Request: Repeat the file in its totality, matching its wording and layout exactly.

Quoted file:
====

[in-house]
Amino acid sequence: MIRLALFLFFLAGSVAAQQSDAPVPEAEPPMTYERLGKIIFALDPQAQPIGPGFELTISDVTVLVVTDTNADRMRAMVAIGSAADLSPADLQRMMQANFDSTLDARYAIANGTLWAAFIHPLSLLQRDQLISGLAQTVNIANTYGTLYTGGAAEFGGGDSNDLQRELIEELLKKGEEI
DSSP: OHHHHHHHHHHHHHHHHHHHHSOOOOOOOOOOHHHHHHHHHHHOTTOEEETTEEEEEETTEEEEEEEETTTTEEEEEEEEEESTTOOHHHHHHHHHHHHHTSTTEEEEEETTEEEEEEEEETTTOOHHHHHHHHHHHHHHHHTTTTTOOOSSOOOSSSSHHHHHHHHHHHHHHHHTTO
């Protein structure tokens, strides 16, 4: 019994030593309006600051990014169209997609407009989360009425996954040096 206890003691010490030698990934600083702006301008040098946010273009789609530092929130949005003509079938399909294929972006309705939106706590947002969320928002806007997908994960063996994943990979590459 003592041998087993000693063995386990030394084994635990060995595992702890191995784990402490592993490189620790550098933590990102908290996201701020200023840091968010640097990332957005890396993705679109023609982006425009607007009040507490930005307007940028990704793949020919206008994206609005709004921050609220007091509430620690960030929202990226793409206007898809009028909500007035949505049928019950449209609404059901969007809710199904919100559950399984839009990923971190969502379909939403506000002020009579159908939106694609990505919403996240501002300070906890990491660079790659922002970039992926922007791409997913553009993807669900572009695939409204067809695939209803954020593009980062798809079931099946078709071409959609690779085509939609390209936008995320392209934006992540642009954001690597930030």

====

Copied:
[in-house]
Amino acid sequence: MIRLALFLFFLAGSVAAQQSDAPVPEAEPPMTYERLGKIIFALDPQAQPIGPGFELTISDVTVLVVTDTNADRMRAMVAIGSAADLSPADLQRMMQANFDSTLDARYAIANGTLWAAFIHPLSLLQRDQLISGLAQTVNIANTYGTLYTGGAAEFGGGDSNDLQRELIEELLKKGEEI
DSSP: OHHHHHHHHHHHHHHHHHHHHSOOOOOOOOOOHHHHHHHHHHHOTTOEEETTEEEEEETTEEEEEEEETTTTEEEEEEEEEESTTOOHHHHHHHHHHHHHTSTTEEEEEETTEEEEEEEEETTTOOHHHHHHHHHHHHHHHHTTTTTOOOSSOOOSSSSHHHHHHHHHHHHHHHHTTO
């Protein structure tokens, strides 16, 4: 019994030593309006600051990014169209997609407009989360009425996954040096 206890003691010490030698990934600083702006301008040098946010273009789609530092929130949005003509079938399909294929972006309705939106706590947002969320928002806007997908994960063996994943990979590459 003592041998087993000693063995386990030394084994635990060995595992702890191995784990402490592993490189620790550098933590990102908290996201701020200023840091968010640097990332957005890396993705679109023609982006425009607007009040507490930005307007940028990704793949020919206008994206609005709004921050609220007091509430620690960030929202990226793409206007898809009028909500007035949505049928019950449209609404059901969007809710199904919100559950399984839009990923971190969502379909939403506000002020009579159908939106694609990505919403996240501002300070906890990491660079790659922002970039992926922007791409997913553009993807669900572009695939409204067809695939209803954020593009980062798809079931099946078709071409959609690779085509939609390209936008995320392209934006992540642009954001690597930030």